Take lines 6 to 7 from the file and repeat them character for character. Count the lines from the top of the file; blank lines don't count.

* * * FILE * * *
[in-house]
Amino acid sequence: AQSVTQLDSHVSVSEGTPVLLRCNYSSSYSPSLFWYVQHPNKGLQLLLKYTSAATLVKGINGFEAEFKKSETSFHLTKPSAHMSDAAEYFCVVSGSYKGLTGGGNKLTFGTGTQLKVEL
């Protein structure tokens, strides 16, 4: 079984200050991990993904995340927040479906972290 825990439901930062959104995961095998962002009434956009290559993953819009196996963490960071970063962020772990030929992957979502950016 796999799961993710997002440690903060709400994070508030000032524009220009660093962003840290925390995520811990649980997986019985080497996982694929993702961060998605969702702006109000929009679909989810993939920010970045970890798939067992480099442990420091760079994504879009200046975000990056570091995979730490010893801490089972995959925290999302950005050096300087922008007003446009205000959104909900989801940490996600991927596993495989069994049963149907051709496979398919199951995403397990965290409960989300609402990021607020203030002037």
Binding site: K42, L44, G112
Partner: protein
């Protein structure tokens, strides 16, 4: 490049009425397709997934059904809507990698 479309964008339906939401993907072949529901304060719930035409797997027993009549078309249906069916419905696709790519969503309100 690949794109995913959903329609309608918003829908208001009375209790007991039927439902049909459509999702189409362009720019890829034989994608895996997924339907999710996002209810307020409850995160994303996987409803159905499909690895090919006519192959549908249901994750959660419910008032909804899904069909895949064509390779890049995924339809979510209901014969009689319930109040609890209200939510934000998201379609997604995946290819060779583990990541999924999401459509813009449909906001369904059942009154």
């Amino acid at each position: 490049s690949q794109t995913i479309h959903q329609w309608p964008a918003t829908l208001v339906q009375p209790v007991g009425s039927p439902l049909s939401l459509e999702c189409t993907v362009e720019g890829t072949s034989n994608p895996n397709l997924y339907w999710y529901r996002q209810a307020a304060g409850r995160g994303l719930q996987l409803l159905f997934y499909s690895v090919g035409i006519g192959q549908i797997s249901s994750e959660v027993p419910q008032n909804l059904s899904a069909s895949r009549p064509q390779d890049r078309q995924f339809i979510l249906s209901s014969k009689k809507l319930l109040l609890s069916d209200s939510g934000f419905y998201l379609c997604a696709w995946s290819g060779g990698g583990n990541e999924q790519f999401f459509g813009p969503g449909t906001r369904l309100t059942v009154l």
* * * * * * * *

């Protein structure tokens, strides 16, 4: 490049009425397709997934059904809507990698 479309964008339906939401993907072949529901304060719930035409797997027993009549078309249906069916419905696709790519969503309100 690949794109995913959903329609309608918003829908208001009375209790007991039927439902049909459509999702189409362009720019890829034989994608895996997924339907999710996002209810307020409850995160994303996987409803159905499909690895090919006519192959549908249901994750959660419910008032909804899904069909895949064509390779890049995924339809979510209901014969009689319930109040609890209200939510934000998201379609997604995946290819060779583990990541999924999401459509813009449909906001369904059942009154």
């Amino acid at each position: 490049s690949q794109t995913i479309h959903q329609w309608p964008a918003t829908l208001v339906q009375p209790v007991g009425s039927p439902l049909s939401l459509e999702c189409t993907v362009e720019g890829t072949s034989n994608p895996n397709l997924y339907w999710y529901r996002q209810a307020a304060g409850r995160g994303l719930q996987l409803l159905f997934y499909s690895v090919g035409i006519g192959q549908i797997s249901s994750e959660v027993p419910q008032n909804l059904s899904a069909s895949r009549p064509q390779d890049r078309q995924f339809i979510l249906s209901s014969k009689k809507l319930l109040l609890s069916d209200s939510g934000f419905y998201l379609c997604a696709w995946s290819g060779g990698g583990n990541e999924q790519f999401f459509g813009p969503g449909t906001r369904l309100t059942v009154l």